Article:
To gauge the health of the green shoots of corporate travel in business aviation, I spoke to a range of industry insiders. Different commentators detected different shades of green. David McCown, president of private charter company Air Partner, Americas told us business travel is slowly but surely returning. Last month, the company witnessed a 184% increase in overall corporate traveller bookings compared with July 2020. Air Partner also noted a 24% increase in bookings by corporate travellers from the first quarter of this year to the second quarter. US bookings were up by 152.9% year-on-year and the number of new US JetCard members rose by 225%.

More corporations are now considering private charter. “The appeal of private charter lies in the degree of control and enhanced protection we are able to provide companies,” said McCown. “Travelling is opening up, but there are new challenges from the corporate side with changing entry requirements, vaccine passports to limited flight schedules amongst commercial carriers.” Air Partner can manage these variables by developing a custom charter solution specific to a company’s needs, he said.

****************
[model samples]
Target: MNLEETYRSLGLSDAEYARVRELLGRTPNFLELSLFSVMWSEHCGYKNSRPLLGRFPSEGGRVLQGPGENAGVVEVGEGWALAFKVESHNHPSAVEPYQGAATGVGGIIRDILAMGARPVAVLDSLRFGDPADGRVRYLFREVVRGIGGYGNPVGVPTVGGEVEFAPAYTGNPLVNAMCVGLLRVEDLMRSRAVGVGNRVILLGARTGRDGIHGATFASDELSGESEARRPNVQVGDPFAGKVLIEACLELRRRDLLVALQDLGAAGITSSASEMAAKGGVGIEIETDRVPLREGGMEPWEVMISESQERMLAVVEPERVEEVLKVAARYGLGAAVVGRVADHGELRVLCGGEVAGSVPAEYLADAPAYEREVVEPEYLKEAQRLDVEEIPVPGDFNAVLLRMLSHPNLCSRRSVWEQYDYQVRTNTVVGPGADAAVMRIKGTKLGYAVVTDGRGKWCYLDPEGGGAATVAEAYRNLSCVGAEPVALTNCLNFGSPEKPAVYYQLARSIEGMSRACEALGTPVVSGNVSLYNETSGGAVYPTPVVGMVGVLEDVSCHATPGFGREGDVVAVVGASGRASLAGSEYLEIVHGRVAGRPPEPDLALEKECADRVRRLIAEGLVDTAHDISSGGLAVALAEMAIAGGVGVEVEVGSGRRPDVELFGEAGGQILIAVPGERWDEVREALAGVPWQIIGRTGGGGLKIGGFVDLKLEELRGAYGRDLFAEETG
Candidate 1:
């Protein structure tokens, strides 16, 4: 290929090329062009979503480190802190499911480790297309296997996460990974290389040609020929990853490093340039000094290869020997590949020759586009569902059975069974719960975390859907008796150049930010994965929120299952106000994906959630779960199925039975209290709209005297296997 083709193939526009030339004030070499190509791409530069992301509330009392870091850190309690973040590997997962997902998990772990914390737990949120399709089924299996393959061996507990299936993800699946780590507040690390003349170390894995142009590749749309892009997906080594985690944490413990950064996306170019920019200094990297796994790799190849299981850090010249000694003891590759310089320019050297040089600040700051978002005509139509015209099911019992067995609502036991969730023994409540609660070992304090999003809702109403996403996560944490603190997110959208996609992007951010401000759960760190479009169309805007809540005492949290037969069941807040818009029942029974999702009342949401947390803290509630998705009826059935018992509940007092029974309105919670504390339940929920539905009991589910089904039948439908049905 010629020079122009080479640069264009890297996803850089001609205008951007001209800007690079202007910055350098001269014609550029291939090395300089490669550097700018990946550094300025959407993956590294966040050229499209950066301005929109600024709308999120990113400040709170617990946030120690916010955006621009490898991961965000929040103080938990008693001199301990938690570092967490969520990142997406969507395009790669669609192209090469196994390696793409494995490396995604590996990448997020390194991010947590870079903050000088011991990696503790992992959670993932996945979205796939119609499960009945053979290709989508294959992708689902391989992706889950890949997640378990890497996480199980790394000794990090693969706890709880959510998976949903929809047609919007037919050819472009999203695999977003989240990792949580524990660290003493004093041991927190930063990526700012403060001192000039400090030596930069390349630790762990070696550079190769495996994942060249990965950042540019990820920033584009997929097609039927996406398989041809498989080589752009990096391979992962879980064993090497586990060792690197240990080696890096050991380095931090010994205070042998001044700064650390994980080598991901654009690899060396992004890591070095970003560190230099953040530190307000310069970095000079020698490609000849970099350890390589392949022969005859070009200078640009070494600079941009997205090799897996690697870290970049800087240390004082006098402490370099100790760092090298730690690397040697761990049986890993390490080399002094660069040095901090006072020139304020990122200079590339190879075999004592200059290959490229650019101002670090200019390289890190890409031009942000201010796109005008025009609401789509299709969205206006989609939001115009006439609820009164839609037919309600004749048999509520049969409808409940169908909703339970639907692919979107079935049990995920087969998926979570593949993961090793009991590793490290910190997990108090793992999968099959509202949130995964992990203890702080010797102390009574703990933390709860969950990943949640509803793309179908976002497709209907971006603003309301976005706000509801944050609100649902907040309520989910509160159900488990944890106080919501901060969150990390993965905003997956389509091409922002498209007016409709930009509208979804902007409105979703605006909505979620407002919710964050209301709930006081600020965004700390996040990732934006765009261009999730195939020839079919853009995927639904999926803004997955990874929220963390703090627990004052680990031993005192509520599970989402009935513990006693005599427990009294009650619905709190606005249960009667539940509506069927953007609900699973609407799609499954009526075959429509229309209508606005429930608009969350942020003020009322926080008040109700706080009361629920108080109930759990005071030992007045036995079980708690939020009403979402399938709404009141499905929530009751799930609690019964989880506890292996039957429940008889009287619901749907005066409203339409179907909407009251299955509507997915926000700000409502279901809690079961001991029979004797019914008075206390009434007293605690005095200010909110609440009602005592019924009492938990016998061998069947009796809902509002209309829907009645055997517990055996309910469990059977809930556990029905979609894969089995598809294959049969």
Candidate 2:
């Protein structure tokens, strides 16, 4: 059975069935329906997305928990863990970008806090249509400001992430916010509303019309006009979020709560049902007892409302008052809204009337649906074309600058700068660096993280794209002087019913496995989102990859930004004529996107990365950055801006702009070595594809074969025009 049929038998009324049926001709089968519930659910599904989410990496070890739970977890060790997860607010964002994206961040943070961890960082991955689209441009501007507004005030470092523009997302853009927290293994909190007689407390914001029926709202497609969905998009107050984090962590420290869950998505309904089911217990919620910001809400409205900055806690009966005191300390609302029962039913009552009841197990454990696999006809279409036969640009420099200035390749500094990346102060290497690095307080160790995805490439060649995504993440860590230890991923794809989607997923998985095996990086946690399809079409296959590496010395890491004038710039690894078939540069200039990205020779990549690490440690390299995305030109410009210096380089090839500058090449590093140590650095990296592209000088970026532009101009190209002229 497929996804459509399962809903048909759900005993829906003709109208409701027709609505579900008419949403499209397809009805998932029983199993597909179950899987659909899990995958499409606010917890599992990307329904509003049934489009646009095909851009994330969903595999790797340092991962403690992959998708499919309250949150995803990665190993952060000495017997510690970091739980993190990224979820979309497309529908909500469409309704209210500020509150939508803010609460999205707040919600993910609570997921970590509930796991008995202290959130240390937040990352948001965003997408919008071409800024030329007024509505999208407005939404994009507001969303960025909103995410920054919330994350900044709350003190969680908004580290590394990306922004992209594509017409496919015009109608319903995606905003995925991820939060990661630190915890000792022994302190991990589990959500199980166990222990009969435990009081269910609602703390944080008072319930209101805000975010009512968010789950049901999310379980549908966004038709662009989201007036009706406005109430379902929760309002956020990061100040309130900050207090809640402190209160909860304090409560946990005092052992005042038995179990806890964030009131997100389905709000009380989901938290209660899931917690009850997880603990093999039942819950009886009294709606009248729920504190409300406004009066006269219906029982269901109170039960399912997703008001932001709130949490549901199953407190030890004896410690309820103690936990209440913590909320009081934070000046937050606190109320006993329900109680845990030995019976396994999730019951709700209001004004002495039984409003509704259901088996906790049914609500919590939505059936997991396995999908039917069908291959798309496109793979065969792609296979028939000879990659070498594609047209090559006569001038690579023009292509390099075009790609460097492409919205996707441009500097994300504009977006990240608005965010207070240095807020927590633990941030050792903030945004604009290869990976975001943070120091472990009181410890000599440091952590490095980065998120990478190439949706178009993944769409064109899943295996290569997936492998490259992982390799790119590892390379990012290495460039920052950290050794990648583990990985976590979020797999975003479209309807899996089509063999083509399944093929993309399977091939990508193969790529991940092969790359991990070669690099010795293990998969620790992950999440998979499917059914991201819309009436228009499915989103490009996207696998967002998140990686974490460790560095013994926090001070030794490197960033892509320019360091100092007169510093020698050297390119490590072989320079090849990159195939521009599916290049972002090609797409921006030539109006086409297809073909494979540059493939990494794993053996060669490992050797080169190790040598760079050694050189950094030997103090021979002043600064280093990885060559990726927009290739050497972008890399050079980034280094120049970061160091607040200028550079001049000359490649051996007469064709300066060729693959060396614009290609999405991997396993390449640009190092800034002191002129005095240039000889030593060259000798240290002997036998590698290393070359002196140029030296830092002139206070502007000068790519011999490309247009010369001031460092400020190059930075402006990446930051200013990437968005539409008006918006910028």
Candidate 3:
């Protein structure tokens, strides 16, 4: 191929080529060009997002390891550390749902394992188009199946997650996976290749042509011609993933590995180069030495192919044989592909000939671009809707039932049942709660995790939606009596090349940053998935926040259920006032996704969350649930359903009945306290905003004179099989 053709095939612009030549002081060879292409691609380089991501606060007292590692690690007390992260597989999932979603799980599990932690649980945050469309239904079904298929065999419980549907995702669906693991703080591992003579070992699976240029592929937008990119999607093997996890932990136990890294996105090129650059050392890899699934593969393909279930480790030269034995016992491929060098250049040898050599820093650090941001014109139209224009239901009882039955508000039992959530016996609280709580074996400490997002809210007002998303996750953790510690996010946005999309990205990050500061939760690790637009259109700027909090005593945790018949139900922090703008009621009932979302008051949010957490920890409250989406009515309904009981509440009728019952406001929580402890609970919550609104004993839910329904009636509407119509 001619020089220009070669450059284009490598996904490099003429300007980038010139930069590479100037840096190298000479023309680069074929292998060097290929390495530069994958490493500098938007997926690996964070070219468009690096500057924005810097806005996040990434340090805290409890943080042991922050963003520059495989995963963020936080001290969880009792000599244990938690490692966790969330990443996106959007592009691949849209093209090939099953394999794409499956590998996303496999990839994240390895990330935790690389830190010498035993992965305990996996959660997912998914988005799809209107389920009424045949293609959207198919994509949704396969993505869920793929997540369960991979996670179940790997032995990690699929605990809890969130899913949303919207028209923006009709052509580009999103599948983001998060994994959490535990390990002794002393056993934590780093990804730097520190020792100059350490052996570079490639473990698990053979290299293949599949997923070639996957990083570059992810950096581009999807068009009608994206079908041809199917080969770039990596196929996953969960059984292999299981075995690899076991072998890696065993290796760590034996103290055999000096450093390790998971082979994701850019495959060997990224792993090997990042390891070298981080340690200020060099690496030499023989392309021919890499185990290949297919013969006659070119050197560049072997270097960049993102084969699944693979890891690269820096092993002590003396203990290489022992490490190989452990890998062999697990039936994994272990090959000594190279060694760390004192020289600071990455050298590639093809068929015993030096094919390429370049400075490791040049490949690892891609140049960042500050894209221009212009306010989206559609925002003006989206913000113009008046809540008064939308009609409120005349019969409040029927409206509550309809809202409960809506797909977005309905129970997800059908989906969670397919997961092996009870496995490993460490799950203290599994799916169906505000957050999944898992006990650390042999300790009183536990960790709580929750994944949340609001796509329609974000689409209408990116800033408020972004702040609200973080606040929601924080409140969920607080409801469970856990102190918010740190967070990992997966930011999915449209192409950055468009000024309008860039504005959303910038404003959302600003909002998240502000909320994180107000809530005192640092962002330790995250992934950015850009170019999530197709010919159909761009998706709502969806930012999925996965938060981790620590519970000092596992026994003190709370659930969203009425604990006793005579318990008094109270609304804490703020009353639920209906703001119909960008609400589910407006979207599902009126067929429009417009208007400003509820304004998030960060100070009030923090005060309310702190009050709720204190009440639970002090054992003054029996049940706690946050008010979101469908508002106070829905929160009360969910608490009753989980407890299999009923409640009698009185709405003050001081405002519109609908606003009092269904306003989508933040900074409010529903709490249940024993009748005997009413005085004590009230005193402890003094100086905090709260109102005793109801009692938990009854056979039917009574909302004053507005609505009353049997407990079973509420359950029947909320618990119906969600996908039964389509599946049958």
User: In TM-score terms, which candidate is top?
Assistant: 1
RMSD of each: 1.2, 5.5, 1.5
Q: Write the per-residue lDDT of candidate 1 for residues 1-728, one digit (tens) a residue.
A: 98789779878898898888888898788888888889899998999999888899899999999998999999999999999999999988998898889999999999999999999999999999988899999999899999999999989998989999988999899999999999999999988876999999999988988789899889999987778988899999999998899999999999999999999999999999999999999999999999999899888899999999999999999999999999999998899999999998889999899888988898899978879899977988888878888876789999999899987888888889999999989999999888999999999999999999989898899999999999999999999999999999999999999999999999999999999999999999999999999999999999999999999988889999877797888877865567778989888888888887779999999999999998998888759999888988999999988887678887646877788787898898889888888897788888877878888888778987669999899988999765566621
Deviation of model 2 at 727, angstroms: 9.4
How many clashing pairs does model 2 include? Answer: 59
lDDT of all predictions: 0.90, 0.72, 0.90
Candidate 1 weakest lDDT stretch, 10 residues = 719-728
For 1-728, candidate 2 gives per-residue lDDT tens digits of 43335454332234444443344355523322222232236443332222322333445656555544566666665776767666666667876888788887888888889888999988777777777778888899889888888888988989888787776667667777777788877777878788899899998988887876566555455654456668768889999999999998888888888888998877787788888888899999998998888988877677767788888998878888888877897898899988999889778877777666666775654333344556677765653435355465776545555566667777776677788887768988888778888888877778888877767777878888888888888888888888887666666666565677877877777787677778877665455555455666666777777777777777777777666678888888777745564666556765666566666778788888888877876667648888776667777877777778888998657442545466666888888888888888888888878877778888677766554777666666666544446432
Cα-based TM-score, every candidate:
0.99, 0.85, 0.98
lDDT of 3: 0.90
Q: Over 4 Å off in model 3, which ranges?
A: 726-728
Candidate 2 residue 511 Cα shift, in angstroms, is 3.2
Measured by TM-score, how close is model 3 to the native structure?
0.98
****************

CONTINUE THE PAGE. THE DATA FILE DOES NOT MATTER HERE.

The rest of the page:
McCown also noted a steady trend of new customers for private jet services. “We estimate that a large proportion of new customers will continue to fly privately to some extent. With this growing trend, we also anticipate there will be a greater demand for private jet usage as business travel continues to bounce back, which is already happening sooner than originally expected.”